A longtime Club Q patron who was shot in the back and thigh said the club’s reputation made it a target. Speaking in a video statement released by UC Health Memorial Hospital, Ed Sanders said he thought about what he would do in a mass shooting after the 2016 massacre of 49 people at the Pulse gay nightclub in Orlando, Florida.

“I think this incident underlines the fact that LGBT people need to be loved,” said Sanders, 63. “I want to be resilient. I’m a survivor. I’m not going to be taken out by some sick person.”

Hate crime charges would require proving that the gunman was motivated by bias, such as against the victims’ actual or perceived sexual orientation or gender identity. The charges against Aldrich are preliminary, and prosecutors have not yet filed formal charges.

Court documents laying out Aldrich’s arrest were sealed at the request of prosecutors. He’s represented by Joseph Archambault, a chief trial deputy with the state public defender’s office. Lawyers from the office do not comment on cases to the media.

Local and federal authorities have declined to answer questions about why hate crime charges were being considered. District Attorney Michael Allen noted that the murder charges would carry the harshest penalty — life in prison — whereas bias crimes are eligible for probation. He also said it was important to show the community that bias motivated crimes are not tolerated.

The attack was halted by two club patrons including Richard Fierro, who told reporters that he took a handgun from Aldrich, hit him with it and pinned him down with help from another person.

Fierro, a former Army major who now owns a local brewery, said he was celebrating a birthday with family members when the suspect “came in shooting.” Fierro said he ran at the suspect — who was wearing some type of body armor and is described in jail records as 260 pounds (118 kilograms) and 6-foot-4 (193 centimeters) — and pulled him down before severely beating him until police arrived.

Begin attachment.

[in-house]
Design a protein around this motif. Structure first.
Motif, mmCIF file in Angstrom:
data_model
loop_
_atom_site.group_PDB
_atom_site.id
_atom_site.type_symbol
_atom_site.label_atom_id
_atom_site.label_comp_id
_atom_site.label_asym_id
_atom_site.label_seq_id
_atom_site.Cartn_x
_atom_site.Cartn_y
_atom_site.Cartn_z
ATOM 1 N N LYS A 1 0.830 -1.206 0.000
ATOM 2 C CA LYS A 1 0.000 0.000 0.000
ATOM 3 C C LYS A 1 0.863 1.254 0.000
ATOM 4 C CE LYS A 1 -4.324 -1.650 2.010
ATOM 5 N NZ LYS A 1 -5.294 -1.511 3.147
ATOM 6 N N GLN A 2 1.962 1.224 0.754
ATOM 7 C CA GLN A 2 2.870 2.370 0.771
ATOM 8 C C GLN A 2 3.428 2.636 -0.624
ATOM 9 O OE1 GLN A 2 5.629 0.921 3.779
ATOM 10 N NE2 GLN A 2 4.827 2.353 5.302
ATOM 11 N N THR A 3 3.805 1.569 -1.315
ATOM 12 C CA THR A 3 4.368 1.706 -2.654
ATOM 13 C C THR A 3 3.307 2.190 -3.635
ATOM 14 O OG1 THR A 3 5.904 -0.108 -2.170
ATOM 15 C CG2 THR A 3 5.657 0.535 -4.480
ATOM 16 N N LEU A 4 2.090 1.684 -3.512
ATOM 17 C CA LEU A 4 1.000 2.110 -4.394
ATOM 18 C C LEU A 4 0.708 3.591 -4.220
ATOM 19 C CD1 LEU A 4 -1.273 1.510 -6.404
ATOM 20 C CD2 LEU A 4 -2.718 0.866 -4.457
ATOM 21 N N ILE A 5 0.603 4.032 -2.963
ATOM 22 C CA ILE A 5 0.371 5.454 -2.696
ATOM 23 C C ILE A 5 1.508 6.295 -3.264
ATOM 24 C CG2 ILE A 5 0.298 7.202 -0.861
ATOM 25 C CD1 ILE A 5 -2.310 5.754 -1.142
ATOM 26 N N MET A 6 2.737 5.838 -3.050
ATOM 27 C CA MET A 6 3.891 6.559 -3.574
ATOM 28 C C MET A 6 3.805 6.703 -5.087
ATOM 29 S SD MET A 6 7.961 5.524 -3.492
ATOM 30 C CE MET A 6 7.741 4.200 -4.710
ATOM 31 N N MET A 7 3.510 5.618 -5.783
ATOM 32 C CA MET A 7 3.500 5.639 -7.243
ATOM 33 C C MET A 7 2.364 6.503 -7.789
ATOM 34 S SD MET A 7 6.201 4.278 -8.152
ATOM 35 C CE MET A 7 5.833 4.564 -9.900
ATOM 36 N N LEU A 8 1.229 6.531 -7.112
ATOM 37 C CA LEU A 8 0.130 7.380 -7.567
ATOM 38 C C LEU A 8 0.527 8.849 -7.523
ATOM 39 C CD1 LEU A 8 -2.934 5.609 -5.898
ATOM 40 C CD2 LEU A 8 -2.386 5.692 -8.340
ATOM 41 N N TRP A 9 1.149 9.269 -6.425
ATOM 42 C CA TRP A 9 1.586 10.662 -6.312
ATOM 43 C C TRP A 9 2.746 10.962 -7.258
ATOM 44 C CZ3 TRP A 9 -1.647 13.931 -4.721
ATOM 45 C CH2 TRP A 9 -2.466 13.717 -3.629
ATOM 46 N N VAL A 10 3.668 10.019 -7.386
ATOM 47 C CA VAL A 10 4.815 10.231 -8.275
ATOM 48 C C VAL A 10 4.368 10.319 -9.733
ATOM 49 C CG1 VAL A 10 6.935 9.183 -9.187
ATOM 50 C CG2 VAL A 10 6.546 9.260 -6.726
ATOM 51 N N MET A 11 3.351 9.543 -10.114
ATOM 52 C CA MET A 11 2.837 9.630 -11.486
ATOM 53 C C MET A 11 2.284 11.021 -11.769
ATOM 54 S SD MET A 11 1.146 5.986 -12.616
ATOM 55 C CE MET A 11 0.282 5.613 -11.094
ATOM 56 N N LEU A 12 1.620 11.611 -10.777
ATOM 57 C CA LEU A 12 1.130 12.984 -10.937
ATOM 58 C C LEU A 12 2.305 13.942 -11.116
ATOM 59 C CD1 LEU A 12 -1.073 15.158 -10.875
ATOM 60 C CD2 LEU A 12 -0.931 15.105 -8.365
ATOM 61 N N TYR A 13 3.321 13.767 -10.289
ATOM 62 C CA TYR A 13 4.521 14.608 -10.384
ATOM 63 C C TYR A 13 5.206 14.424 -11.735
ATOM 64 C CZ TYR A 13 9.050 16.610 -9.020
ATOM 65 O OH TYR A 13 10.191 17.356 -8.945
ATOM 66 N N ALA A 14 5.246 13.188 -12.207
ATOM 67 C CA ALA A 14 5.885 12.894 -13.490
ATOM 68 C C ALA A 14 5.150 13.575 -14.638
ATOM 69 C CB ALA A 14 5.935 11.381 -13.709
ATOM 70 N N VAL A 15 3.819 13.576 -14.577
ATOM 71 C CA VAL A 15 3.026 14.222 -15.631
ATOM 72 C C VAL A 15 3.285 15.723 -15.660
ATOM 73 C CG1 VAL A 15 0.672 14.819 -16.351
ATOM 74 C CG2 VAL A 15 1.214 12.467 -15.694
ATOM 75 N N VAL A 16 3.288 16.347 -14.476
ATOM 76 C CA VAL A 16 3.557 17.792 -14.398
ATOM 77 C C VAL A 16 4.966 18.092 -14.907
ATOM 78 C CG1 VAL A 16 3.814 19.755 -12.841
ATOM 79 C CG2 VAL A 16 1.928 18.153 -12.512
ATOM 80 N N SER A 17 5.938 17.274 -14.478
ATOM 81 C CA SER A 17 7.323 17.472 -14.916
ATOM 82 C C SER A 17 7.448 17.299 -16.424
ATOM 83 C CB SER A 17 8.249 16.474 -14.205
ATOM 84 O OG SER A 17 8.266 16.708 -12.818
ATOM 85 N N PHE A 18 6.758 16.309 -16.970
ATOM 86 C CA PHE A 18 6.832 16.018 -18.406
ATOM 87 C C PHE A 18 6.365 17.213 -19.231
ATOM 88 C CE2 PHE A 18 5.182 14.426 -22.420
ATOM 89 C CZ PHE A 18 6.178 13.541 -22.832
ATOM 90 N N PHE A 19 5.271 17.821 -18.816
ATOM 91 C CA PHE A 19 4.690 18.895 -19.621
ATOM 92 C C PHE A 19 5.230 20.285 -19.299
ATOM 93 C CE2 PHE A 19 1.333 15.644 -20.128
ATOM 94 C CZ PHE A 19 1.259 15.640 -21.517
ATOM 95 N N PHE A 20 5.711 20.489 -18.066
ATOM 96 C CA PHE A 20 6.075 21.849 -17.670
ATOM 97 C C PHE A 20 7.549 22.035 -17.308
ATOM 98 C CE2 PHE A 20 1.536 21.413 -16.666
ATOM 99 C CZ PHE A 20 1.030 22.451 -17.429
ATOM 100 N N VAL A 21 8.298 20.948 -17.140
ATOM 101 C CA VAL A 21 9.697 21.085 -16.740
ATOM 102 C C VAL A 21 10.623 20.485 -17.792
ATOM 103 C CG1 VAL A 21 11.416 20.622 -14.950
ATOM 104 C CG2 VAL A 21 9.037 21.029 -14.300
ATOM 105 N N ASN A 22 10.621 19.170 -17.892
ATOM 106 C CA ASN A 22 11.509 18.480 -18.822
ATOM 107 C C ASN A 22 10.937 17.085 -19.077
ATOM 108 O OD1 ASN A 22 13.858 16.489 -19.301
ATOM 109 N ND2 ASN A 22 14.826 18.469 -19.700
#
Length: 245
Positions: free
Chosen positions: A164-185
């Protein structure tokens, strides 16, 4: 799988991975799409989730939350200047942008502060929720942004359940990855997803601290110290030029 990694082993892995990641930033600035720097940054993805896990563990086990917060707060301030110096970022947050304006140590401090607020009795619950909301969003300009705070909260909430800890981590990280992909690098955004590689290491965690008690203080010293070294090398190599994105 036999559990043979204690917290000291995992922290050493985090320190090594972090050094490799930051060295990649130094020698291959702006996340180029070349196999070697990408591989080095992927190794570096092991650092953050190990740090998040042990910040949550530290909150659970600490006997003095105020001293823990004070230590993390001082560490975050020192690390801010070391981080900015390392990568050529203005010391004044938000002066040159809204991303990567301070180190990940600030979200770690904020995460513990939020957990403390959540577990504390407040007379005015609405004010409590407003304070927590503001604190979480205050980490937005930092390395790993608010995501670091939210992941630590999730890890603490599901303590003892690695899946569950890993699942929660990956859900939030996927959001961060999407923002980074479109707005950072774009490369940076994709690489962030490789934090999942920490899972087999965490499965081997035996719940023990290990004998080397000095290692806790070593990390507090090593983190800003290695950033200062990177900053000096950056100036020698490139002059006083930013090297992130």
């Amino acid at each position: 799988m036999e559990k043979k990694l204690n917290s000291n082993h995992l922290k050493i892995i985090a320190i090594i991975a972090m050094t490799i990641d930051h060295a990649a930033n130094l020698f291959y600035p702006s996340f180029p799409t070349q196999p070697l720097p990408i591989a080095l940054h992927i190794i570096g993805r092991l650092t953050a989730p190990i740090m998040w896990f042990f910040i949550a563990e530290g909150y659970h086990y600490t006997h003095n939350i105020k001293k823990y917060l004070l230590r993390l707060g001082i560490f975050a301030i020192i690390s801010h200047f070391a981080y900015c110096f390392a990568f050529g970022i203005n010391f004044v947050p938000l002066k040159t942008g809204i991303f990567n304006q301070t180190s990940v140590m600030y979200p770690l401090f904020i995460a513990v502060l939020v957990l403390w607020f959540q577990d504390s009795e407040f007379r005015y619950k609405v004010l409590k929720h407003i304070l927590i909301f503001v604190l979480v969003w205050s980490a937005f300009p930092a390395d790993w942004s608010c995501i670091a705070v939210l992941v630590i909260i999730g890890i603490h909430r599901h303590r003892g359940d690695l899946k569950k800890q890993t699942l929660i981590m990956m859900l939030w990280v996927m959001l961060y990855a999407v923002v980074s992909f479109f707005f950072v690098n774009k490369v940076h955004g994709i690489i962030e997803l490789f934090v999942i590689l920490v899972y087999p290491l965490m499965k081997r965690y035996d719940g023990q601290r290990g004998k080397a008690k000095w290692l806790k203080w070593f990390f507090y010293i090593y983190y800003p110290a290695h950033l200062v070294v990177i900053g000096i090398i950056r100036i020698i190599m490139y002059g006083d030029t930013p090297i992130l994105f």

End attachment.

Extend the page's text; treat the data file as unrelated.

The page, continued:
The victims included his daughter’s boyfriend.

“There are five people that I could not help, and one of which was family to me,” he said.

The other patron who intervened was Thomas James, a Navy information systems technician stationed in Colorado Springs, according to a biography released by the Navy. A Navy spokesperson said Tuesday that James was in stable condition recovering from unspecified injuries.

Fierro said a third person also helped and kicked the suspect in the head.

The victims were Raymond Green Vance, 22, a Colorado Springs native who was saving money to get his own apartment; Ashley Paugh, 35, a mother who helped find homes for foster children; Daniel Aston, 28, who had worked at the club as a bartender and entertainer; Kelly Loving, 40, whose sister described her as “caring and sweet”; and Derrick Rump, 38, another club bartender known for his wit.

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Bedayn is a corps member for The Associated Press/Report for America Statehouse News Initiative. Report for America is a nonprofit national service program that places journalists in local newsrooms to report on undercovered issues.

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Associated Press reporters Bernard Condon in New York, Colleen Slevin in Denver, Jake Bleiberg in Dallas, Amy Forliti in Minneapolis, Matthew Brown in Billings, Montana, Jill Bleed in Little Rock, Arkansas, Stefanie Dazio in Los Angeles and news researcher Rhonda Shafner from New York contributed.